This story was corrected on Sept. 27, 2012. An explanation of the correction follows the story.
In 1599, playwright William Shakespeare and his playing company, Lord Chamberlain's Men, built what Shakespeare would end up calling the Globe Theatre.
Of course, this is the same man who wrote, “All the world's a stage …” When two worlds collide, however, to do something that has never been done before, we get the true meaning behind Shakespeare's words.
The University of Maryland's School of Theatre, Dance and Performance Studies, in conjunction with the National Academy of Chinese Theatre Arts, is ready to make history and will put on Shakespeare's “A Midsummer Night's Dream” today through Sunday at the Clarice Smith Performing Arts Center, located in College Park.
This show, for the most part, is three years in the making. Actors from both China and the United States have worked on and perfected their roles. Tonight, actors from both countries will be on stage together, speaking in their native tongues, with neither missing a beat. Subtitles displayed on screens will provide translation from Chinese to English for the audience.
The idea came from University of Maryland faculty member Helen Huang, according to Mitchell Hébert, American director for the show. Being Chinese, Huang sometimes goes back to Beijing and teaches.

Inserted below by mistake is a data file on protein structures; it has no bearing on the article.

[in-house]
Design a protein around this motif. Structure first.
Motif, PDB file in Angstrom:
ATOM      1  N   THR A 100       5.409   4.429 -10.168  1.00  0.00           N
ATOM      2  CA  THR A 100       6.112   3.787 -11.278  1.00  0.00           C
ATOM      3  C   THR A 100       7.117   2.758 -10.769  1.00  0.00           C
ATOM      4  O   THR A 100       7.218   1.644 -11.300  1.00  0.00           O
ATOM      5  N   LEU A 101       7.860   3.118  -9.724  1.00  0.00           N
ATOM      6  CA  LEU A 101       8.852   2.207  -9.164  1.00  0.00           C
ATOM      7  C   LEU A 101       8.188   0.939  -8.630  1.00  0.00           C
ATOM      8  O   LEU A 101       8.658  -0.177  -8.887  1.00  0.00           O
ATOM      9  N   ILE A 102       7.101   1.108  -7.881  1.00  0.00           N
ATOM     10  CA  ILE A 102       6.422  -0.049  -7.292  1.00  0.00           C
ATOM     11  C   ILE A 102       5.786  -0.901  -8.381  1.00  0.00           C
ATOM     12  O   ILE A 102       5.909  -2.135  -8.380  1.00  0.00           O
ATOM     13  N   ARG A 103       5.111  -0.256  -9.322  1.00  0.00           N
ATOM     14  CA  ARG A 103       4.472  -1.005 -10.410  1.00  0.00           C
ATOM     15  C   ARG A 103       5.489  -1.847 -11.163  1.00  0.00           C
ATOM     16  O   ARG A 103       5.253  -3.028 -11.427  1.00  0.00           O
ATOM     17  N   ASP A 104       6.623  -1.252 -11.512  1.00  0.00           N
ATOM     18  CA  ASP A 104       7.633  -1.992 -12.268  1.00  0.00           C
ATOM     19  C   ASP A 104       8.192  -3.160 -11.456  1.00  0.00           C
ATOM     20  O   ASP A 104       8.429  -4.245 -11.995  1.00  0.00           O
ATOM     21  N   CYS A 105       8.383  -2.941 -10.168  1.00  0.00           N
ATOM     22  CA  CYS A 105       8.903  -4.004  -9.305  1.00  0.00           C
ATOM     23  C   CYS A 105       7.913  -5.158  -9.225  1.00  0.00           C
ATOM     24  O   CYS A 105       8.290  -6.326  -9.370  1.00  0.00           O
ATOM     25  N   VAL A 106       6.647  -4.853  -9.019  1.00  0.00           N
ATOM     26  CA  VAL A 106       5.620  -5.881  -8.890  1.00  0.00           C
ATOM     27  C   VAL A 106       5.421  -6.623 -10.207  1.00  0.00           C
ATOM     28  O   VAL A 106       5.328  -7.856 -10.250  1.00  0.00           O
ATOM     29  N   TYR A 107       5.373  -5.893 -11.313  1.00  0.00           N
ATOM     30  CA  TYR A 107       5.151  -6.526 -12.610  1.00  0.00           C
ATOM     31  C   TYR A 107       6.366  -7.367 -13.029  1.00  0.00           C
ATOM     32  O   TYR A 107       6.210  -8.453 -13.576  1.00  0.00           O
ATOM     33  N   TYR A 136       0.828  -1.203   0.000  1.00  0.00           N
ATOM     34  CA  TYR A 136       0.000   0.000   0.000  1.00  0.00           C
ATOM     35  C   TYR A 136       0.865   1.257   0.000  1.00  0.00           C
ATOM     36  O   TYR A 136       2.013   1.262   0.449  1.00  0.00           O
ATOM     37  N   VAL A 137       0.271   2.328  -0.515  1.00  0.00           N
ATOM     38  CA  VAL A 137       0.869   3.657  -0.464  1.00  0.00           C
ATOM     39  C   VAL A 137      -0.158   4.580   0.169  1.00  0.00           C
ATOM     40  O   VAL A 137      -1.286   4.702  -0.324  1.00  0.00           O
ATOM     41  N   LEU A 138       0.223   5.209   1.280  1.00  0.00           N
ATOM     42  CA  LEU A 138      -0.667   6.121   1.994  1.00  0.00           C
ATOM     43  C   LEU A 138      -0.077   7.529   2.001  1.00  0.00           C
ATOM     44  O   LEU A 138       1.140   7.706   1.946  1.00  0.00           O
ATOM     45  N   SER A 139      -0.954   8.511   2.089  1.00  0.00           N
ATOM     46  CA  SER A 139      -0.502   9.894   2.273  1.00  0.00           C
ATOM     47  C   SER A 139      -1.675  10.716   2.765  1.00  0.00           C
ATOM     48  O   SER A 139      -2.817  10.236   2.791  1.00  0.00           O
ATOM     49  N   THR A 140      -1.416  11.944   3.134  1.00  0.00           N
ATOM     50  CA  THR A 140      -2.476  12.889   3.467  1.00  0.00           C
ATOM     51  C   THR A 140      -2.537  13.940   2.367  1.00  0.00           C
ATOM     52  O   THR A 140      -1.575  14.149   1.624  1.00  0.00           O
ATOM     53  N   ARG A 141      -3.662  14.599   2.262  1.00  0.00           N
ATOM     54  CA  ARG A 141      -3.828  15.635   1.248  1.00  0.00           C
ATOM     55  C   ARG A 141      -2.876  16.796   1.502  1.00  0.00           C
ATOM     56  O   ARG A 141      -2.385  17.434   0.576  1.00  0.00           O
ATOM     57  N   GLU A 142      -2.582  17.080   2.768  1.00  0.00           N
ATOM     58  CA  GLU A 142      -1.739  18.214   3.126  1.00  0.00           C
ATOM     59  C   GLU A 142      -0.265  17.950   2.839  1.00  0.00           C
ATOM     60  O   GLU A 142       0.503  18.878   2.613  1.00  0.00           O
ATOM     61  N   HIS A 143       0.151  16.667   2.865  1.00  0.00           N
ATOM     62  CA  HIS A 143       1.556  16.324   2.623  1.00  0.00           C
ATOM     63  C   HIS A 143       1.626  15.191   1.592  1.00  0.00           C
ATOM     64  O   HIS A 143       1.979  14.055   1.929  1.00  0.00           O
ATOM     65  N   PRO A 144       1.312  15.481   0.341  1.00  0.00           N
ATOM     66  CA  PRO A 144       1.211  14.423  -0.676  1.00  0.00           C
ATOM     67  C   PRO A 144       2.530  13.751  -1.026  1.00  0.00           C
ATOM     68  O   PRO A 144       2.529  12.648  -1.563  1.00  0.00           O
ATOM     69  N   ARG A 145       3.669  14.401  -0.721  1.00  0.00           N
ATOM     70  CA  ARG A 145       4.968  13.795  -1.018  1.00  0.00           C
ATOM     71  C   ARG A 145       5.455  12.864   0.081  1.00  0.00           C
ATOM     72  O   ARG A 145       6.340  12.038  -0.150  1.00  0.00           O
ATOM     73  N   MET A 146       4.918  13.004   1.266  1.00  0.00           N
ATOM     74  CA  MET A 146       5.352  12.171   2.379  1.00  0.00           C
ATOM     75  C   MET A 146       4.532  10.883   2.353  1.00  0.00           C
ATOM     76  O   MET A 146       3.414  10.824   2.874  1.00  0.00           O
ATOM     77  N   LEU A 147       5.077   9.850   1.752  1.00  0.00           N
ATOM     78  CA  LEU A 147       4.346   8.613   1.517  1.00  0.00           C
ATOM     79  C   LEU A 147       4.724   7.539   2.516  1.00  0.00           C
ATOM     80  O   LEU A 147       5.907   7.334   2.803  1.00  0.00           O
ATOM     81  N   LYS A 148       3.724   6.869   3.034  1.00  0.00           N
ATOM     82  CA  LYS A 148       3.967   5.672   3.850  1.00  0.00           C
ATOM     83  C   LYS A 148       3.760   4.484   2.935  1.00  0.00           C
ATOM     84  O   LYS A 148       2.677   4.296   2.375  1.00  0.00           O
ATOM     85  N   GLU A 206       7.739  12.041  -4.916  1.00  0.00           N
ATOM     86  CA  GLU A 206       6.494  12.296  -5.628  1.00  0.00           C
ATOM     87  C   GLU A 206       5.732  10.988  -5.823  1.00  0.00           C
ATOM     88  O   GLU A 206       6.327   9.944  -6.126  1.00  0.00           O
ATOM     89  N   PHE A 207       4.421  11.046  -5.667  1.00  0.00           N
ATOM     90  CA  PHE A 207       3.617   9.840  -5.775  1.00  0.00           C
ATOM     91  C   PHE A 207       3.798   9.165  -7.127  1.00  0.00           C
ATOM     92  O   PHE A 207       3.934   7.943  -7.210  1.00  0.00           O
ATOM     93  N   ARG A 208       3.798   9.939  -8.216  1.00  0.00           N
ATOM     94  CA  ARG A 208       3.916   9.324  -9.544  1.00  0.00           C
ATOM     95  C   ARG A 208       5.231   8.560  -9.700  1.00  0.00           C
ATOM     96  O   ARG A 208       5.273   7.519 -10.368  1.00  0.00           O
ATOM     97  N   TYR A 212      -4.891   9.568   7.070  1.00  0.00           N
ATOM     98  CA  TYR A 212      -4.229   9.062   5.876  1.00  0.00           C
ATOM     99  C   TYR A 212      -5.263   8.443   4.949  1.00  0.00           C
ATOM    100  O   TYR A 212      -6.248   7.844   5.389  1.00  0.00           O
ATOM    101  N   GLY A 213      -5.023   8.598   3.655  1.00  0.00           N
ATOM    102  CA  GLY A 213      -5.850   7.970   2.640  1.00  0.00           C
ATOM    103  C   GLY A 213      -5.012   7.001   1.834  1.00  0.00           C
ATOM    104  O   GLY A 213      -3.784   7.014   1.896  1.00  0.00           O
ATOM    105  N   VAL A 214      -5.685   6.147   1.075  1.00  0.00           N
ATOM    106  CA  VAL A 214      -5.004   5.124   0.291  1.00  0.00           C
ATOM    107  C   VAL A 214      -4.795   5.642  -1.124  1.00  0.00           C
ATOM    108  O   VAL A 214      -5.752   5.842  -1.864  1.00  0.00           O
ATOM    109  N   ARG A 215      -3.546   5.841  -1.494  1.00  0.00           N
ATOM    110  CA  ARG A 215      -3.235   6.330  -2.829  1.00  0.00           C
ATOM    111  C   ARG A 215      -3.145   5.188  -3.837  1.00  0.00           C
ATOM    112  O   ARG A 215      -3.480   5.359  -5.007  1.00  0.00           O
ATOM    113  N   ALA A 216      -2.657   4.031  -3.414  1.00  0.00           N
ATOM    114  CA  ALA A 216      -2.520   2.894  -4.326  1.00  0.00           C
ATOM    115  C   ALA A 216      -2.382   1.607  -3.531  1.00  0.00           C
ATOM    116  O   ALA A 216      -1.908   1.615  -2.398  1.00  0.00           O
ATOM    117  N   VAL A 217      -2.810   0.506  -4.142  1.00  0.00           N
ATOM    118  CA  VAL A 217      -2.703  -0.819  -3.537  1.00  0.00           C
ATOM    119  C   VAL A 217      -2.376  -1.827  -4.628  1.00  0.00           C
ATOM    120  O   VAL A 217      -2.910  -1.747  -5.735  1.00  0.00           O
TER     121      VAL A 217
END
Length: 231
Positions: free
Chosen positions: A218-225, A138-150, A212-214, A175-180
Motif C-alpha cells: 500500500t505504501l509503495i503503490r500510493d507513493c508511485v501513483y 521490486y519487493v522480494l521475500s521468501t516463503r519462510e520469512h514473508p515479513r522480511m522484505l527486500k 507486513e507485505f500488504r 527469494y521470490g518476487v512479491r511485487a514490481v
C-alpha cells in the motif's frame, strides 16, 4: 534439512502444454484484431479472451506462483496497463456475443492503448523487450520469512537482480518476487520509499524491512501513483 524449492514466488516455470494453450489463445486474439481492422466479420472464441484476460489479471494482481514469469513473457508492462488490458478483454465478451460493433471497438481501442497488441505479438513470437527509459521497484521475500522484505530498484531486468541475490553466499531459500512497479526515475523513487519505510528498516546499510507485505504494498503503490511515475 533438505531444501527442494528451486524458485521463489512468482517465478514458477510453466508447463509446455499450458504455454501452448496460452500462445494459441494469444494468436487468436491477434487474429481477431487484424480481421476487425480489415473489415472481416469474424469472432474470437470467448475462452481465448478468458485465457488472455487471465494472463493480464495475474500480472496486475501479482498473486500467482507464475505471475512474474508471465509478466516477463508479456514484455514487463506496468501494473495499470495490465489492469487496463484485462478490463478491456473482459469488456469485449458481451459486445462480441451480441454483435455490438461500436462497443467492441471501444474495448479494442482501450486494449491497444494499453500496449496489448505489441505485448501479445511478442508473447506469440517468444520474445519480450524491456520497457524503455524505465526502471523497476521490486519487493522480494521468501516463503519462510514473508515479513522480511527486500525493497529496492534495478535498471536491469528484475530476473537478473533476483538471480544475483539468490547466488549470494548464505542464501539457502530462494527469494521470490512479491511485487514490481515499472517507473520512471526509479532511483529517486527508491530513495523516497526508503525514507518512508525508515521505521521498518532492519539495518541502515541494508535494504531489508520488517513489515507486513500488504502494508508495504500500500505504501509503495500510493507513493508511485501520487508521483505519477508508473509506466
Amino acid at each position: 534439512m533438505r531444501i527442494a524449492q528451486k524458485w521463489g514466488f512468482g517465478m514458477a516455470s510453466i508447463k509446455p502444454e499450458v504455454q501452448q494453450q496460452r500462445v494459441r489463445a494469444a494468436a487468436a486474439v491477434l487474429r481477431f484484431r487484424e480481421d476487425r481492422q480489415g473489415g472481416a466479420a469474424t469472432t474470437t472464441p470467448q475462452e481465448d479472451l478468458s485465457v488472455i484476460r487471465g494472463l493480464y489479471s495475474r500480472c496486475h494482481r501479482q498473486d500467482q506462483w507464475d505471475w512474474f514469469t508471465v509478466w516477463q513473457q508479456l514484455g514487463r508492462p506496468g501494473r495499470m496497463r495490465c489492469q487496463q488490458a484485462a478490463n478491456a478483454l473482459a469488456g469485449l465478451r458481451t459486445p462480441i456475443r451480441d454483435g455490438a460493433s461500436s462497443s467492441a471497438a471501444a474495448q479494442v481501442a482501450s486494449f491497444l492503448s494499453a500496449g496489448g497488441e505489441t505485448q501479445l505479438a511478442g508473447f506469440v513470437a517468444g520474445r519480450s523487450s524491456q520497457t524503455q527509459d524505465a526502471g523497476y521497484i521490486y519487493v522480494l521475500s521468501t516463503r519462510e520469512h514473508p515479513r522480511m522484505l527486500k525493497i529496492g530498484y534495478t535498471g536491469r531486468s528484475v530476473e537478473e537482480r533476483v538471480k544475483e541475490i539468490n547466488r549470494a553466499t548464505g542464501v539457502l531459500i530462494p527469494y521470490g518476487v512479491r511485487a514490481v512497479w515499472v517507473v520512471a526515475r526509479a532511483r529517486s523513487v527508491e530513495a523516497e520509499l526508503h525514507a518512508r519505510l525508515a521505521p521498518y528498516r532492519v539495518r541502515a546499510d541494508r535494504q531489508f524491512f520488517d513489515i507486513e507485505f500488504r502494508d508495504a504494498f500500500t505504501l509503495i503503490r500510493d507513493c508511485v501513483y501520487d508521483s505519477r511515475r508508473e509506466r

“She came back and had met with a colleague of hers at the National Academy of Chinese Theatre Arts, a guy named Li Wei, and they talked about, 'Hey, wouldn't it be interesting to do a co-production?'” Hébert says. “The Chinese were interested in doing a Western play with a Western institution and Helen said, 'Well, why not us?'”
Of course, the idea itself is intriguing, but when the cold light of day hits, different thoughts pop up, Hébert says.
“It's daunting when you stop to think about it afterwards,” Hébert says. “Once the idea kinda got dropped into our laps, then the process became 'Sigh.' There are several different avenues. There's logistics, 'How do you do it?'; the other one is, artistically, 'How do you frame it?'”
Yu Fanlin, the director in China and professor at the National Academy of Chinese Theatre Arts, also worried about different aspects of the show coming together.
“This is the first time we've attempted to make such a bilingual co-production and the first difficulty we have had is how to transform the script, the original play, into something that we would want to present to the American audience,” Yu says with help from interpreter Joceyln Yu. “The second difficulty that we had is in analyzing the script and trying to present the performance on the stage in a creative way in creative settings. And, thirdly, this co-production, we can say, is a subtle mix of Asian culture with American culture and we blend in some elements of Chinese traditional Peking opera. And one difficult part is how we organize, how we blend these elements in a subtle way.”